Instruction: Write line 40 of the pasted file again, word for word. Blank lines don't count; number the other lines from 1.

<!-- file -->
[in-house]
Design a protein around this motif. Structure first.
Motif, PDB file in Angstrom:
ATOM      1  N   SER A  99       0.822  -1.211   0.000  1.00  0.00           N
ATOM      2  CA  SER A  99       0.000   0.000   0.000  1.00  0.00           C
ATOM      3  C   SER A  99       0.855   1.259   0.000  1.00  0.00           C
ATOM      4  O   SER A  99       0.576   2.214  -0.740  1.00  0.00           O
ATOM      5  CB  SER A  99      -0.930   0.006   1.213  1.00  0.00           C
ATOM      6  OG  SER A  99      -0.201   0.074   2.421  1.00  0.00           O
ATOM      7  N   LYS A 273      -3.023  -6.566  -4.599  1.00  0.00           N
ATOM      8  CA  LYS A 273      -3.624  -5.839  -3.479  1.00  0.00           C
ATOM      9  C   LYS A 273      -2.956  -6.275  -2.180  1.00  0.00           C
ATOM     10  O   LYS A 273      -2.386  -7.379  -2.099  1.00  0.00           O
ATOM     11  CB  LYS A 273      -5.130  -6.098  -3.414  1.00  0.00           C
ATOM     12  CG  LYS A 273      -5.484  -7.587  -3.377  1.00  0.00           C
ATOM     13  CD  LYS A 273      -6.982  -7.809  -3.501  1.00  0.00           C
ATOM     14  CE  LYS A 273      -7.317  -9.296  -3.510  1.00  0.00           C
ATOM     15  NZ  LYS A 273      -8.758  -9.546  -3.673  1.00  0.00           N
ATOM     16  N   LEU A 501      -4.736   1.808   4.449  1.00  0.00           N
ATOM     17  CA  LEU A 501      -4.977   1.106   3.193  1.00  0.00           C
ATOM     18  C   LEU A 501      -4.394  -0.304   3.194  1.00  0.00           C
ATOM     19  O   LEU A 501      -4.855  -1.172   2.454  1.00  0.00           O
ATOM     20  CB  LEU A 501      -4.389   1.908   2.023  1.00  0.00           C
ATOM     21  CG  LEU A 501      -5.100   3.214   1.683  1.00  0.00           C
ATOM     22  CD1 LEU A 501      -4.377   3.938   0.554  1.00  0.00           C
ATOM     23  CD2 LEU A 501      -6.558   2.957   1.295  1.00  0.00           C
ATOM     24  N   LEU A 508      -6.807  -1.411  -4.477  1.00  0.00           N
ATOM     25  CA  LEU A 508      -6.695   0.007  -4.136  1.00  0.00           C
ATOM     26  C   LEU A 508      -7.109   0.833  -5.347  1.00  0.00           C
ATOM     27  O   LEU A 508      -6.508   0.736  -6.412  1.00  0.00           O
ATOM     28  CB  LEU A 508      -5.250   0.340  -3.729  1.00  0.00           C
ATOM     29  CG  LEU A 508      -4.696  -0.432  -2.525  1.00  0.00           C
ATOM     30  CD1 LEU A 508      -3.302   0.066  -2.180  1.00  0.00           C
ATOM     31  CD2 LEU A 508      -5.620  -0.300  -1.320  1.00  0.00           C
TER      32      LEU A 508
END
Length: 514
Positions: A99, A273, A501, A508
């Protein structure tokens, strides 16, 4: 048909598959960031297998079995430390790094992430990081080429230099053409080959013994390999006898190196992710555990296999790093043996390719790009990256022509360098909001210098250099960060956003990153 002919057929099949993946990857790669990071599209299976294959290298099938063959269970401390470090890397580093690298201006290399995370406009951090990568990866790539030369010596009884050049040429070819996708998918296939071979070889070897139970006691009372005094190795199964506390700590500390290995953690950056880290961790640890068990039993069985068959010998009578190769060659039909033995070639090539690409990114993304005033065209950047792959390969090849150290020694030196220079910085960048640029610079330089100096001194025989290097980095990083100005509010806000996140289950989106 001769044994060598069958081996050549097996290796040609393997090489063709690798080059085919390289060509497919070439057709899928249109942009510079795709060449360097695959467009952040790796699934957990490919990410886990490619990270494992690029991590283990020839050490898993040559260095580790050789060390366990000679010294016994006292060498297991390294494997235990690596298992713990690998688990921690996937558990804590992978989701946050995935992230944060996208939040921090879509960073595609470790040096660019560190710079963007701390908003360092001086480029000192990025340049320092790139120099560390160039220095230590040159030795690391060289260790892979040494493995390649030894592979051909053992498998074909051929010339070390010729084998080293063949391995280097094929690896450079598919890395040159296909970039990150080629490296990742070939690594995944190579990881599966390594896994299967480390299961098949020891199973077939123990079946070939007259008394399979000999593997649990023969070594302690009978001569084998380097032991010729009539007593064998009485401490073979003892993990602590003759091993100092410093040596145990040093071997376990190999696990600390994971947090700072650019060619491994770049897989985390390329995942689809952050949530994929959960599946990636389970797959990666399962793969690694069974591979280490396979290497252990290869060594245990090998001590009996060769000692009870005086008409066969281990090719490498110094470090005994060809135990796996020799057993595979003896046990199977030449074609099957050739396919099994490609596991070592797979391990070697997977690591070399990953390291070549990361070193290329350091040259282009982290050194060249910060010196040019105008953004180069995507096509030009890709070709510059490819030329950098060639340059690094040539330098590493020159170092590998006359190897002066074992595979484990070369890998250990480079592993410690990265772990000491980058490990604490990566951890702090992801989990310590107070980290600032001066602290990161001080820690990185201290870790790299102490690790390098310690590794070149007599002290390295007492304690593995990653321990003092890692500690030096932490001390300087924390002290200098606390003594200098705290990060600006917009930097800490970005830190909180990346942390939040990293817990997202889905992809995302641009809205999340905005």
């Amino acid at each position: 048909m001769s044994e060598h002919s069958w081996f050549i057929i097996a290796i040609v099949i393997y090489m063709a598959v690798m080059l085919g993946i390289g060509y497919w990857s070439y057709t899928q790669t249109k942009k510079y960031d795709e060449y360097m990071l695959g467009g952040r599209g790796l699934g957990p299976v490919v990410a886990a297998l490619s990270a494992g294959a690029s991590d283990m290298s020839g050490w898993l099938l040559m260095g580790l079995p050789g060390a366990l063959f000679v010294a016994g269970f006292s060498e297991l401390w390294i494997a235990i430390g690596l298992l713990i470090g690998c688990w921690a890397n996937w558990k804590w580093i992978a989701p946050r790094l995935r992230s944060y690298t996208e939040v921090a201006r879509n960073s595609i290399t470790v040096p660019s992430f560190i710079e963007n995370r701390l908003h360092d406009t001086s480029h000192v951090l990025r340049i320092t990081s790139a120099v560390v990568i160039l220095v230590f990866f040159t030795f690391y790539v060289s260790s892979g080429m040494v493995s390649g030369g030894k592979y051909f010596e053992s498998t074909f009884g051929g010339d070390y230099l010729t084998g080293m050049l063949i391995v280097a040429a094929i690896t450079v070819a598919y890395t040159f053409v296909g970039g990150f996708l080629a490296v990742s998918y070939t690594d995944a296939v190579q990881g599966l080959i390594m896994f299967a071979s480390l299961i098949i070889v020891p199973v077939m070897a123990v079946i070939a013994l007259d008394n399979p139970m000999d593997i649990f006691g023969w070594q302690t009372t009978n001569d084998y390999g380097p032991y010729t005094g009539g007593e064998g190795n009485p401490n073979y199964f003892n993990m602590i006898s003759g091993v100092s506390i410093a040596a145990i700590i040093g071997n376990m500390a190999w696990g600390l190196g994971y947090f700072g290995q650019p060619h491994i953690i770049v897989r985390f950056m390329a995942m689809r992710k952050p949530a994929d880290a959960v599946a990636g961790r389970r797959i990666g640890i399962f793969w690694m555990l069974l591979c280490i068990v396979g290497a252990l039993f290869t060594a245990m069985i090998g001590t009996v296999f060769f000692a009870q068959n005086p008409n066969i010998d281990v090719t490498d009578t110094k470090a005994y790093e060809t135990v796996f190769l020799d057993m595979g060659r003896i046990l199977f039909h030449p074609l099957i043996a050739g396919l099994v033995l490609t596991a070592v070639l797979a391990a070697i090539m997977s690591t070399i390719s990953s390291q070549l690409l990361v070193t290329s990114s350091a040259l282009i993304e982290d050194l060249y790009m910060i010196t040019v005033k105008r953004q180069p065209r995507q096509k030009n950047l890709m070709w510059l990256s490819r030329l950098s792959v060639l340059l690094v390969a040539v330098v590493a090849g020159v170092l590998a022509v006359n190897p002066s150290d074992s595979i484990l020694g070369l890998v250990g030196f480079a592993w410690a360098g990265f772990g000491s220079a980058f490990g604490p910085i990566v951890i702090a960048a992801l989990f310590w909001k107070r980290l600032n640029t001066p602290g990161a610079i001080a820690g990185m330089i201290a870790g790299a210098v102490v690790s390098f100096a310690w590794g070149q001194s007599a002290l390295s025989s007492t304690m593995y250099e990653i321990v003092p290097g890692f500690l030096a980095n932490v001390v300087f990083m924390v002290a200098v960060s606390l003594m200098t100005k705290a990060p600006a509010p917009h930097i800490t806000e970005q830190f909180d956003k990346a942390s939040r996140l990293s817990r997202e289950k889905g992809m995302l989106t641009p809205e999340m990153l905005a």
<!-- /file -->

């Amino acid at each position: 048909m001769s044994e060598h002919s069958w081996f050549i057929i097996a290796i040609v099949i393997y090489m063709a598959v690798m080059l085919g993946i390289g060509y497919w990857s070439y057709t899928q790669t249109k942009k510079y960031d795709e060449y360097m990071l695959g467009g952040r599209g790796l699934g957990p299976v490919v990410a886990a297998l490619s990270a494992g294959a690029s991590d283990m290298s020839g050490w898993l099938l040559m260095g580790l079995p050789g060390a366990l063959f000679v010294a016994g269970f006292s060498e297991l401390w390294i494997a235990i430390g690596l298992l713990i470090g690998c688990w921690a890397n996937w558990k804590w580093i992978a989701p946050r790094l995935r992230s944060y690298t996208e939040v921090a201006r879509n960073s595609i290399t470790v040096p660019s992430f560190i710079e963007n995370r701390l908003h360092d406009t001086s480029h000192v951090l990025r340049i320092t990081s790139a120099v560390v990568i160039l220095v230590f990866f040159t030795f690391y790539v060289s260790s892979g080429m040494v493995s390649g030369g030894k592979y051909f010596e053992s498998t074909f009884g051929g010339d070390y230099l010729t084998g080293m050049l063949i391995v280097a040429a094929i690896t450079v070819a598919y890395t040159f053409v296909g970039g990150f996708l080629a490296v990742s998918y070939t690594d995944a296939v190579q990881g599966l080959i390594m896994f299967a071979s480390l299961i098949i070889v020891p199973v077939m070897a123990v079946i070939a013994l007259d008394n399979p139970m000999d593997i649990f006691g023969w070594q302690t009372t009978n001569d084998y390999g380097p032991y010729t005094g009539g007593e064998g190795n009485p401490n073979y199964f003892n993990m602590i006898s003759g091993v100092s506390i410093a040596a145990i700590i040093g071997n376990m500390a190999w696990g600390l190196g994971y947090f700072g290995q650019p060619h491994i953690i770049v897989r985390f950056m390329a995942m689809r992710k952050p949530a994929d880290a959960v599946a990636g961790r389970r797959i990666g640890i399962f793969w690694m555990l069974l591979c280490i068990v396979g290497a252990l039993f290869t060594a245990m069985i090998g001590t009996v296999f060769f000692a009870q068959n005086p008409n066969i010998d281990v090719t490498d009578t110094k470090a005994y790093e060809t135990v796996f190769l020799d057993m595979g060659r003896i046990l199977f039909h030449p074609l099957i043996a050739g396919l099994v033995l490609t596991a070592v070639l797979a391990a070697i090539m997977s690591t070399i390719s990953s390291q070549l690409l990361v070193t290329s990114s350091a040259l282009i993304e982290d050194l060249y790009m910060i010196t040019v005033k105008r953004q180069p065209r995507q096509k030009n950047l890709m070709w510059l990256s490819r030329l950098s792959v060639l340059l690094v390969a040539v330098v590493a090849g020159v170092l590998a022509v006359n190897p002066s150290d074992s595979i484990l020694g070369l890998v250990g030196f480079a592993w410690a360098g990265f772990g000491s220079a980058f490990g604490p910085i990566v951890i702090a960048a992801l989990f310590w909001k107070r980290l600032n640029t001066p602290g990161a610079i001080a820690g990185m330089i201290a870790g790299a210098v102490v690790s390098f100096a310690w590794g070149q001194s007599a002290l390295s025989s007492t304690m593995y250099e990653i321990v003092p290097g890692f500690l030096a980095n932490v001390v300087f990083m924390v002290a200098v960060s606390l003594m200098t100005k705290a990060p600006a509010p917009h930097i800490t806000e970005q830190f909180d956003k990346a942390s939040r996140l990293s817990r997202e289950k889905g992809m995302l989106t641009p809205e999340m990153l905005a």